Effect of Inconsistency of Objects in Scenario on Perception
In our everyday lives, we are used to seeing objects within their particular characteristic scenarios. For example, it is nothing to wonder if we see a person browsing the internet in a computer lab or a car speeding on a road. However, when we see an object which is inconsistent with the environmental setting, we do feel alarmed. Thus, it is shocking for us to see someone working on a laptop while sitting in the middle of a busy thoroughfare!
These kinds of inconsistent sights indeed make our heads turn, possibly making our perception rather keener and sharper. The following experiment explored this idea and tried to answer whether our perception is really quickened and sharpened due to the object-scenario inconsistency in any picture.
Subjects were shown five pairs of Consistent and Inconsistent pictures. An example of a Consistent picture is a ship in a sea, whereas an Inconsistent picture shows cars on the surface of an ocean. Each picture was separately developed into a movie clipping, visible to a subject just for a fraction of a second. First, a subject was shown a Consistent picture and asked to describe what he/she saw in the picture, especially in the foreground. He was then shown an Inconsistent picture and asked the same thing. A correct answer was marked with ‘1’ and an incorrect one with ‘2’.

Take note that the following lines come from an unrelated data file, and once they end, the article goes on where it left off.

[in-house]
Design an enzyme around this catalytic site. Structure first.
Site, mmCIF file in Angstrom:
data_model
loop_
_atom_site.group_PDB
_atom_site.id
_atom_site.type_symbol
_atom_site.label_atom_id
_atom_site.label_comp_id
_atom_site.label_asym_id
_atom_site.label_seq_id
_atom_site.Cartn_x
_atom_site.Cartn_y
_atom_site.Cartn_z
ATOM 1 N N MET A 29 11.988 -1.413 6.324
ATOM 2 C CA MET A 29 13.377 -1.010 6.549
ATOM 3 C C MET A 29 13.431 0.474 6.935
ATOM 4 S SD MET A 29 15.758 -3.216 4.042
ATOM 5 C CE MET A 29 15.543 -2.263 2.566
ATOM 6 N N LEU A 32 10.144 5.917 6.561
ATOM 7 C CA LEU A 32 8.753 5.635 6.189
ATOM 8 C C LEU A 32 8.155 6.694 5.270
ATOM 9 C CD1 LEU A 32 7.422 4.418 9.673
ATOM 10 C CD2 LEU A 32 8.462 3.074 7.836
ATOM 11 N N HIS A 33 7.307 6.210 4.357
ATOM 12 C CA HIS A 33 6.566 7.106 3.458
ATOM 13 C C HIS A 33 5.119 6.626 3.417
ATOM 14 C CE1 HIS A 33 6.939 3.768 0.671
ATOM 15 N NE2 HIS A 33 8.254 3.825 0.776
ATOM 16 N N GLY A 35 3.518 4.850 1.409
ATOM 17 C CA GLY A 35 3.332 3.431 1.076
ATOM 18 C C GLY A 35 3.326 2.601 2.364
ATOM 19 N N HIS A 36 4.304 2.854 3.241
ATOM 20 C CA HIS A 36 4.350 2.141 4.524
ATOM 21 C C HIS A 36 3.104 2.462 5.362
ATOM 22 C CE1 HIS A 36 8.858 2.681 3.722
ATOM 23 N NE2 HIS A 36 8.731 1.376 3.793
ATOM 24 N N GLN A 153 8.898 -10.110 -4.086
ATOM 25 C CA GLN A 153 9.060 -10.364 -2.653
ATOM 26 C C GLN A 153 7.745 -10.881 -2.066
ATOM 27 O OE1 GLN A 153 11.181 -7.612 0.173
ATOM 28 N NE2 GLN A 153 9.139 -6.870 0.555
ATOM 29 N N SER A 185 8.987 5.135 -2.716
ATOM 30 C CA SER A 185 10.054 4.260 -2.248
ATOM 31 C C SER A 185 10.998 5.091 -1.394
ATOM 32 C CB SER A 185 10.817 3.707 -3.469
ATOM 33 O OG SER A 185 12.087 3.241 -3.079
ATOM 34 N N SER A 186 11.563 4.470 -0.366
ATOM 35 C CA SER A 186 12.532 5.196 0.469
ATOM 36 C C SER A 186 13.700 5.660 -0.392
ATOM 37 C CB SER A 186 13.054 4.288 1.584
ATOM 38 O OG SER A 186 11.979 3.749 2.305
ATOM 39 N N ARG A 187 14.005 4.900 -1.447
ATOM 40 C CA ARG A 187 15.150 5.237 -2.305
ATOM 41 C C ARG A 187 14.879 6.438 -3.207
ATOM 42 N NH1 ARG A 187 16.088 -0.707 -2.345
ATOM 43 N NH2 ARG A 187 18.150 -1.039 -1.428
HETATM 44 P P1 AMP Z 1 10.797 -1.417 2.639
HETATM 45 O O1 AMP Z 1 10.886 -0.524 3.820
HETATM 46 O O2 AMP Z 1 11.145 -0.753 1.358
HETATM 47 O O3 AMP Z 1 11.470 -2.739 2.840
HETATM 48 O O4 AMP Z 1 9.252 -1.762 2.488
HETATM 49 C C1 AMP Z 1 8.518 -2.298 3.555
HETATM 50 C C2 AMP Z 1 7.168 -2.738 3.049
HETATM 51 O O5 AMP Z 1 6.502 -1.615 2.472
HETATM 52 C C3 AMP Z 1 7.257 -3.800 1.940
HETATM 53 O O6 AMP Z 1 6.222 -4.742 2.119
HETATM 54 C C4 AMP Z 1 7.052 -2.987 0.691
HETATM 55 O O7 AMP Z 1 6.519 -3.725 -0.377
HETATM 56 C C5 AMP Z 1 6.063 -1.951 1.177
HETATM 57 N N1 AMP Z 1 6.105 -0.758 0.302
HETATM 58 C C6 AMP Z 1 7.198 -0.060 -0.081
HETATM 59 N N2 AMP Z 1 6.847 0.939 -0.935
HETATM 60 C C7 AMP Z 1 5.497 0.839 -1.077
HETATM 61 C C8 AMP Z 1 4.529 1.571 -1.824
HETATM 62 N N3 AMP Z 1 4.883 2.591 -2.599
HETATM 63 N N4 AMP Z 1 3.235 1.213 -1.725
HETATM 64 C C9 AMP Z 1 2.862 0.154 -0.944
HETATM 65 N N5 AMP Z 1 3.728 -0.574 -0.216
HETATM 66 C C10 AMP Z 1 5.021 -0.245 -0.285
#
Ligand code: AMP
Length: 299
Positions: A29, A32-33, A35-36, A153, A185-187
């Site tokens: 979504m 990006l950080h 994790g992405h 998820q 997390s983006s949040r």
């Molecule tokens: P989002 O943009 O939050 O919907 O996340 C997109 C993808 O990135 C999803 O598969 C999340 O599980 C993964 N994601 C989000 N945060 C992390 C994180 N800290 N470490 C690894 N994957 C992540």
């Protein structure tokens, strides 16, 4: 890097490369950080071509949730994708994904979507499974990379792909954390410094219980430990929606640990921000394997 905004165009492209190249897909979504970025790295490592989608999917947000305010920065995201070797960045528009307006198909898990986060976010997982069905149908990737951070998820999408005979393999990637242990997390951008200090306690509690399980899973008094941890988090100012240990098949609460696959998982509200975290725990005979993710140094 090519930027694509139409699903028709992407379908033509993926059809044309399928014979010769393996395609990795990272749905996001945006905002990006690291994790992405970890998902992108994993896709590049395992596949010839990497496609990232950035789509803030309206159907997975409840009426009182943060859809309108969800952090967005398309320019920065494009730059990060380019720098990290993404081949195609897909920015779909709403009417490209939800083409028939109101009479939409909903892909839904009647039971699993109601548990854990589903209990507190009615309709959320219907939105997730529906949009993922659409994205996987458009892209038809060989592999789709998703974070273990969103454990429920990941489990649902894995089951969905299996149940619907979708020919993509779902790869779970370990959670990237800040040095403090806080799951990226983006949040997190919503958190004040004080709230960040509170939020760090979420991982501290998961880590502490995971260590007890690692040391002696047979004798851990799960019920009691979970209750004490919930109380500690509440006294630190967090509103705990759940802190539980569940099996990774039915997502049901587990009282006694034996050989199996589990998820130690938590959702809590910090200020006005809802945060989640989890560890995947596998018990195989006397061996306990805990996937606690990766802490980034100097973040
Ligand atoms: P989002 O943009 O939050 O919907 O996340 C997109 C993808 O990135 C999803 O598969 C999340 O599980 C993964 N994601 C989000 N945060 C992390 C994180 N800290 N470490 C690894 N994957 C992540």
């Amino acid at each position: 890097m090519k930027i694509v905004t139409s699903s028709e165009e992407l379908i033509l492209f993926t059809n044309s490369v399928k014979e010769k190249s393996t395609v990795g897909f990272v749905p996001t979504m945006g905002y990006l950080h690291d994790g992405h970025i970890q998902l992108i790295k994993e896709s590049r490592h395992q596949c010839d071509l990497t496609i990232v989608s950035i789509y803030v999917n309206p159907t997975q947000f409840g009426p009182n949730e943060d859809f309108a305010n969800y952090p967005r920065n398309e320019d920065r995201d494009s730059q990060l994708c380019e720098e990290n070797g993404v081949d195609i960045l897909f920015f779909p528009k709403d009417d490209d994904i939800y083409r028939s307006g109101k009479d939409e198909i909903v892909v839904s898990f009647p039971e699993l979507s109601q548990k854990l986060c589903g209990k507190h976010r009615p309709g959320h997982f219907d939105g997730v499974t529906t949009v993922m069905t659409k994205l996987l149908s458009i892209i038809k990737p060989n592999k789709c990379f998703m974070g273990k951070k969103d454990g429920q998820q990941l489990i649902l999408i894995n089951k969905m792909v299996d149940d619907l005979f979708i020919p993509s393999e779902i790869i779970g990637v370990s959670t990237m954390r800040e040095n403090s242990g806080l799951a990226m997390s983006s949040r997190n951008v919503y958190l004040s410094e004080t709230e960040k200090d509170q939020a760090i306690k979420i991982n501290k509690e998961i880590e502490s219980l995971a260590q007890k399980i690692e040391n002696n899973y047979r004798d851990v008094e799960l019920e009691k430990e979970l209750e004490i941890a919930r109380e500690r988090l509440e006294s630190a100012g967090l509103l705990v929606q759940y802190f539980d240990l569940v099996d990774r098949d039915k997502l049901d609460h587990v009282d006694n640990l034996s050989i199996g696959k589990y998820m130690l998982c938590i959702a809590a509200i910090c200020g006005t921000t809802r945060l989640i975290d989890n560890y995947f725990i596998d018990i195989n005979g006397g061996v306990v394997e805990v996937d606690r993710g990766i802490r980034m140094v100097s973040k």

H0: There is no difference in perception of scenes whether they incorporate consistent or in-consistent objects.
H1: Scenes are more perceptible when they incorporate an inconsistent object in their surroundings.
Four subjects, 2 males and 2 females, between the ages of 15 and 25.
Subject |Sex |Age(Years) |Picture
Pair 1 |Picture
Pair 2 |Picture
Pair 3 |Picture
Pair 4 |Picture
Pair 5 | | | | |C |IC |C |IC |C |IC |C |IC |C |IC | |1 |M |15 |1 |1 |1 |1 |1 |1 |1 |1 |1 |1...